One of the defining issues of Yukio Hatoyama`s seven-month-old prime ministership has been the ongoing brouhaha about relocation of the Futenma airbase. The Liberal Democratic Party (LDP) signed an agreement with the United States to move the base to the outskirts of an existing Marine infantry base, Camp Schwab, in 2005. The Democratic Party of Japan (DPJ) swept to power last year; one of their flagship pledges being to move Futenma first out of Okinawa, and then out of Japan altogether. They claim that as the 2005 agreement was signed by a different government, it does not apply to them. The United States counters that they signed a deal with the Government of Japan, and the Government of Japan, whomever that may consist of, must honour the deal.
Even with the most skilful handling, Mr Hatoyama may have found it impossible to garner a compromise which satisfied all interested parties; his cabinet, the Okinawan prefectural government, local communities, and most of all the United States and the 50-year-old bilateral alliance. What he has actually done is to dig himself an inescapably deep political hole with the twin shovels of dithering and incompetence. After his election, he promised a compromise solution by the end of the year. This was pushed back to May 2010, angering Washington. To complicate matters, in January citizens of Nago City, home to Camp Schwab, elected a new mayor on an anti-base platform, making it very difficult for Hatoyama to go back to the original 2005 plan. Then, perhaps most inexplicably, he implied that he was bringing back the deadline from May, saying; `It’s already March. If the decision cannot be made by the end of the month, we may run out of time`. April arrived with no sign of agreement, and now the original May deadline looms without any sign of a deal being reached.
As American officials fume at the lack of progress, and the base issue overshadows much larger concerns such as the changing North Korean situation and increased Chinese naval activity around Japanese waters, Hatoyama continues to offer no more than the odd platitude (`I`m risking my political life on this issue`, `I want to decide what to do as soon as possible`) in place of real leadership. He himself has shown no preference on which of the possible options he prefers for the relocation of Futenma, much less the political will to try and bring other cabinet members around to his point of view. One of his campaign pledges was to introduce cabinet-controlled drafting of legislation on the Westminster model, but he seems to have used this as an excuse to entirely remove himself from his position as cabinet head. The result has been akin to a class of rowdy children whose teacher has left the room. Lacking supervision, other cabinet members have begun to bandy about opposing views and personal criticisms, in public as well as in private; witness the argument conducted by Foreign Minister Katsuya Okada and Defense Minister Toshimi Kitazawa in the pages of the national newspapers. They’ve probably started chucking pencils and firing elastic bands across the room in cabinet meetings as well.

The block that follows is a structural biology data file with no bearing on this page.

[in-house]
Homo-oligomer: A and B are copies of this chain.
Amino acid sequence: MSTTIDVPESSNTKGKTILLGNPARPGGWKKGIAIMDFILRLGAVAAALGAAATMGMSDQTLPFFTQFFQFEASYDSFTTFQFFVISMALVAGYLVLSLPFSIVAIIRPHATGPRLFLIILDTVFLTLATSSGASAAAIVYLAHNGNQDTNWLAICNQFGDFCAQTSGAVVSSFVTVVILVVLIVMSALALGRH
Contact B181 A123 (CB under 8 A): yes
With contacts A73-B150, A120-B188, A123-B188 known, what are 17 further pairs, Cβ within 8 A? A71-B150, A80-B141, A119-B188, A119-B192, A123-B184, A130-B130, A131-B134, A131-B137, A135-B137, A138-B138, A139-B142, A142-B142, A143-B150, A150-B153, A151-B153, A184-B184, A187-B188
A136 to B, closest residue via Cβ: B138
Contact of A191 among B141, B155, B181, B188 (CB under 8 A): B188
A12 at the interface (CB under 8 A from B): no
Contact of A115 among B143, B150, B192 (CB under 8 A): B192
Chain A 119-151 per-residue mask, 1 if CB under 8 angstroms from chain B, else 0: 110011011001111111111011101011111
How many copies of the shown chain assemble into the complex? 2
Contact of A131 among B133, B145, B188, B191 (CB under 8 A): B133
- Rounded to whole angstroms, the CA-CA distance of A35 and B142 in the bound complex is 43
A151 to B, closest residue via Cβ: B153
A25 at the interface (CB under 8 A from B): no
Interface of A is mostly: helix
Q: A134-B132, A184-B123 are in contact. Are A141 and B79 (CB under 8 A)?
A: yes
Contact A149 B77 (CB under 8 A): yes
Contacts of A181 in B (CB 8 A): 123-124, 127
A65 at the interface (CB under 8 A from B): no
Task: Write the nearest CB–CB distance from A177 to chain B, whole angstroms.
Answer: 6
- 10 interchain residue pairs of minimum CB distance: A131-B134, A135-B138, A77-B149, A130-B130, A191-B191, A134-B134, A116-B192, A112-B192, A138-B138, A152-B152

Hatoyama may claim that he has to be cautious, because his is a coalition government, reliant on the support of the Social Democratic Party of Japan (SDPJ), who have threatened to leave the coalition if Futenma is not moved away from Okinawa. However, this is surely an empty threat. The SPDJ exercise far more power than their national support deserves (it gained 7 out of 480 seats at the last general election) as part of the ruling coalition, and to leave it mere months into a four year term would be tantamount to political suicide. The tail should certainly not be wagging the dog on this issue.
Others argue that Hatoyama is making a show of resisting American pressure, because his government is at heart anti-American. This argument is surely too ridiculous to require too much debunking. If Hatoyama was anti-American, his decision would surely be easier; tell the US to pack their bags and go home. The time and effort which has gone into finding a workable alternative to Futenma show the importance to Japan of an equable relationship which includes American troops on Japanese soil.
Whatever defense might be put up for Hatoyama, without his leadership the government has been allowed to split on the issue. Without his deciding a personal preference, based on extensive research of all the alternatives, to the Futenma plan, he has been unable to push negotiations in any particular direction. Having not produced any kind of detailed alternative to the existing plan, he even takes away the ability of the United States to offer a compromise. In place of this detailed plan, he repeats the mantra `trust me`, like a third rate television hypnotist. Even if a new deal is hammered out tomorrow, the electorate, the U.S., and the people of Okinawa will be dissatisfied with Hatoyama`s performance. On Futenma, as on fiscal reform and postal privatization, his approach has been a curious mix of laissez-faire leadership and policy statements so woolly they could be marketed as sweaters. The result has been to allow bickering subordinates to gain prominence in national media outlets, leaving him like a cat that has been put out for the night, scratching ineffectually at the back door to be let back in.
Poor Japan. After 50 years of one party LDP rule, the rise of the DPJ gave you the relative stability and normality of a two party system for a few short months. Now, thanks to the exquisite incompetence of the two party leaders, you appear to be trapped in a no-party system. You deserve better.